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The Only Writing Goal Needed For 2017

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Hundreds of blog posts preaching goal-setting methods for writers have appeared the last weeks. They expound many of the same things, the obvious old-hats we read every year. I wrote such a blog post at the end of 2015.

Many of the suggestions are sensible and will help, but they all miss (or glaze over) the one problem all writers share, beginners and professionals alike.

The problem often ignored is all in your mind.

There lay the subterfuge needling the will to write, punching holes in plot developments, and pushing over cardboard characters like props on a stage.

Writers wear three hats: creator, reader, editor.

The problem writers share is confusing the third hat (editor) with one that should have never been bought, and certainly not worn—the critic hat.

The critic is the voice in your head that tells you writing is a waste of time. The critic is a sneaky bastard, the master of clichés, whispering “that’s been done a hundred times” or “nobody wants to read what you have to say” or “you will never have the necessary skills.” In effect, the critic is a doubter, a wet-blanket, a party-pooper, a liar.

That is not to say you should not be critical of your writing. Taking a critical approach to your prose (word choice, sentence structure, plot, character, etc.) is an essential aspect when wearing the editor’s hat.

The difference between the two? The editor is analytical, the critic is emotional (with a heavy dose of negativity). Adopting the editor and denying the critic is a matter of changing your attitude.

The problem I vow to master in 2017 is Mind-Set. It will take effort, and quite a few reminders throughout the hours and days ahead while hunched over my keyboard.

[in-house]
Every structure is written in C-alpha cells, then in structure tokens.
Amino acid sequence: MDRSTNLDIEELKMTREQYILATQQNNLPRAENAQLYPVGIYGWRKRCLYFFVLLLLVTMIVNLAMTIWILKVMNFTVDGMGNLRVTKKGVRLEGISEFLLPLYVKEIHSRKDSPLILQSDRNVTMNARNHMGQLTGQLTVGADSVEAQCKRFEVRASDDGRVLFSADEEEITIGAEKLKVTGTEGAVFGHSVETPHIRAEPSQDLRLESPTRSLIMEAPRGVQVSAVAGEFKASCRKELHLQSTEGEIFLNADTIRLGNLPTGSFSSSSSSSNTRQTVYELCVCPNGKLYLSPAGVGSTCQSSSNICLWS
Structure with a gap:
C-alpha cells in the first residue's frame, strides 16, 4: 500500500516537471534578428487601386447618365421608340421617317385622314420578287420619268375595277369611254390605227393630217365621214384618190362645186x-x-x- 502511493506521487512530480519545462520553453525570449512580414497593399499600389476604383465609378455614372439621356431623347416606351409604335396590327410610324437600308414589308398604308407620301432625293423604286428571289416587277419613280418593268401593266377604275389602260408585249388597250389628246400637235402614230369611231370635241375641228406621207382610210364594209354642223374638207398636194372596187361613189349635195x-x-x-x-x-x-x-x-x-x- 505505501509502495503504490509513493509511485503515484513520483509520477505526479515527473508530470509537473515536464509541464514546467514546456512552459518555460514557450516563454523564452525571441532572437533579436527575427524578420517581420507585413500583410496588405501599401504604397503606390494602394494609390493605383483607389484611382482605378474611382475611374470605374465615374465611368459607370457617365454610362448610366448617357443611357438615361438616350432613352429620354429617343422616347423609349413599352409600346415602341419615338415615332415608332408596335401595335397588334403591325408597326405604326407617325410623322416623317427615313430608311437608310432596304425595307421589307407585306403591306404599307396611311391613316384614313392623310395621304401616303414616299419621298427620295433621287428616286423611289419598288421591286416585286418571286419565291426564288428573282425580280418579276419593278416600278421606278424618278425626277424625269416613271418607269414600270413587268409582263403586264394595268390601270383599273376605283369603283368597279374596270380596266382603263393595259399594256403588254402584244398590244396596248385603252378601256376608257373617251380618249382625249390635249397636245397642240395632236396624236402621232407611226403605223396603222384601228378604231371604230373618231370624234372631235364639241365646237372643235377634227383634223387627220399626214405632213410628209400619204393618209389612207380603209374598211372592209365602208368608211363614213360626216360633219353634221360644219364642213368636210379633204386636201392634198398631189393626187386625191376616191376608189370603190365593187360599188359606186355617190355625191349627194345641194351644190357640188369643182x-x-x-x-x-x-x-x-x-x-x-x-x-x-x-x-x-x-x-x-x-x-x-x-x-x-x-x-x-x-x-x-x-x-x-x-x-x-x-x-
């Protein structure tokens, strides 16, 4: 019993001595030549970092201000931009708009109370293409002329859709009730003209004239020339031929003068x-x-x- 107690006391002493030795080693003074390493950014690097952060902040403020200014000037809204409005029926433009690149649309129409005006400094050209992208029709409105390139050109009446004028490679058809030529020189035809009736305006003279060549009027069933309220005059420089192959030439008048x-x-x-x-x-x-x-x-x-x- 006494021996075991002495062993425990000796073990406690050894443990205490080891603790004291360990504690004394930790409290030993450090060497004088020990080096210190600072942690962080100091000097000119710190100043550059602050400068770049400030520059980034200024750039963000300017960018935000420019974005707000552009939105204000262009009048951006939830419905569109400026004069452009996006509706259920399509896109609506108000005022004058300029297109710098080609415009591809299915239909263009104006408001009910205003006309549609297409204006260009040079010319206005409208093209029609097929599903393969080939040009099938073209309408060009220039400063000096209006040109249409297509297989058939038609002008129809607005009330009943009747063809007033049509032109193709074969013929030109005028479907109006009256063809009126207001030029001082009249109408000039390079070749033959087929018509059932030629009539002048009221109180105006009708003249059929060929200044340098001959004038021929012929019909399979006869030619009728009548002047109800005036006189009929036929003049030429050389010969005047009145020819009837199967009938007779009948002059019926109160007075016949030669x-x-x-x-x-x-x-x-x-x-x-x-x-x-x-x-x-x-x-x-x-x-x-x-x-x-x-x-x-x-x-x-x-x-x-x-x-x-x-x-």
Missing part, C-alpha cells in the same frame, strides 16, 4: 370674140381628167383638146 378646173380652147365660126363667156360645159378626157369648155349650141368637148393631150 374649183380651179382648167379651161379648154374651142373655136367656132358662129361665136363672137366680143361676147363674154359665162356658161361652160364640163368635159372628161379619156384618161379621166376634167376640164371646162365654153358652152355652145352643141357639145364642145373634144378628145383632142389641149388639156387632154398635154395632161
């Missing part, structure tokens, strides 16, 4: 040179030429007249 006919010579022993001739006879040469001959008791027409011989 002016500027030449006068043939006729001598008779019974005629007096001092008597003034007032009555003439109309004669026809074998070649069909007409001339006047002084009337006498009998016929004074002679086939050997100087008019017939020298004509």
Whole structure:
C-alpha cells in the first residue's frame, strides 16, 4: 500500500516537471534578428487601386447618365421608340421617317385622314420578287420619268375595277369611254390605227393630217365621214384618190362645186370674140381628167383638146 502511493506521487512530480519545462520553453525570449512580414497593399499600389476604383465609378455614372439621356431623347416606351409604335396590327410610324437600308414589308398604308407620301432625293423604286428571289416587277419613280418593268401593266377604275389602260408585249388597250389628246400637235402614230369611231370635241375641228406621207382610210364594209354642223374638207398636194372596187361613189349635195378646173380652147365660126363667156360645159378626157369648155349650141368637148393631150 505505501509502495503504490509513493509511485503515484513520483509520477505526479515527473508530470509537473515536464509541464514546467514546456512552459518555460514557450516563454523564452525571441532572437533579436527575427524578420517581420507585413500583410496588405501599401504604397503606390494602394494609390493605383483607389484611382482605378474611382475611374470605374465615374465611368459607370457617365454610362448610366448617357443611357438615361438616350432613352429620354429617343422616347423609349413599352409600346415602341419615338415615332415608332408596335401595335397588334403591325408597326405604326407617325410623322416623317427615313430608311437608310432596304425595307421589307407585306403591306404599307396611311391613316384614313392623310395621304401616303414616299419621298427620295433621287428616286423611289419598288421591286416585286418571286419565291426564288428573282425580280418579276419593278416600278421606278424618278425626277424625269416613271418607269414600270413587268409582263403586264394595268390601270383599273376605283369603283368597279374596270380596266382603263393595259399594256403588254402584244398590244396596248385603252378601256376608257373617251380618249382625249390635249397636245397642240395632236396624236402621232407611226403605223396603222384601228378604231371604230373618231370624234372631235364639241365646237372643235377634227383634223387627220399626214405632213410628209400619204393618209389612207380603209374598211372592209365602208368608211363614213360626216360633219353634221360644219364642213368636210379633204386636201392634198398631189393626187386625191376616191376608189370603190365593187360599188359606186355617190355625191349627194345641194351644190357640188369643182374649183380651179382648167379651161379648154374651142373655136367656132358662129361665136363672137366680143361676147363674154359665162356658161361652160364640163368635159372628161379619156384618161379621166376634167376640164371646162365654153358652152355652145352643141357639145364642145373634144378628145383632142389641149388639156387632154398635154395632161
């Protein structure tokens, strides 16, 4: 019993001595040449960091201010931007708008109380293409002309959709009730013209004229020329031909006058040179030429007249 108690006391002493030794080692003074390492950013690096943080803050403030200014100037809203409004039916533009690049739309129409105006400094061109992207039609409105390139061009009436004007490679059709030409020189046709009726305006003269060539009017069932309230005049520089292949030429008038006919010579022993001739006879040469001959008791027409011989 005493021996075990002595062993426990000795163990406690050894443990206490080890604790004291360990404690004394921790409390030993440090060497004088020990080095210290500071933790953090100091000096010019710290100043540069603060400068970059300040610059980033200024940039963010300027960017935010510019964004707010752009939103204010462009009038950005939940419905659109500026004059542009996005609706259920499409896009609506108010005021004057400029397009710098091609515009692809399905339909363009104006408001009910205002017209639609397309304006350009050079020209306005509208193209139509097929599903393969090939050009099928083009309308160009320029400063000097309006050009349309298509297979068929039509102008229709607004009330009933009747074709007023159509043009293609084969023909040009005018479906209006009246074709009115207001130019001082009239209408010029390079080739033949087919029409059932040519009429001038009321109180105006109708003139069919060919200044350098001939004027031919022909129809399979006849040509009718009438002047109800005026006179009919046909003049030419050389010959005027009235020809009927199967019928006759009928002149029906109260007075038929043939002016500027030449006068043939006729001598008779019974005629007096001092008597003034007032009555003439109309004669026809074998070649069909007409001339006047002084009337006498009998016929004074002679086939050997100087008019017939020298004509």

I have hung on my study wall two reminders that I am a writer: a copy of The Accomplice, my published short story, and the acceptance letter.

Those are my reminders. Yours might be a favorite quote from a published author or simply the words I AM A WRITER above the monitor. Perhaps you are not quite so bold, so you have inspiration on a wall to your side, or maybe on a wall behind which forces you to swivel in your chair when attacked by doubt.

Be bold, and go where you have never gone before—place your inspiration where you can readily view it as a constant reminder of what you wish to become. What, no inspirational reminder? Find something and make it your own.

Repeat after me:

I am a Writer.

Because I am a writer, I write whether convenient or not, regardless of my mood.

My skills will improve if I write; whining about why I can’t write makes me a better whiner. Effort extended will make me better at what I spend my time doing. Better Writer or Better Whiner? I Decide.

Know this: you have the skills to succeed, and any problems or mistakes in your writing can be fixed. Now go write, and become what you are destined to be.

See you on the next page,

Rick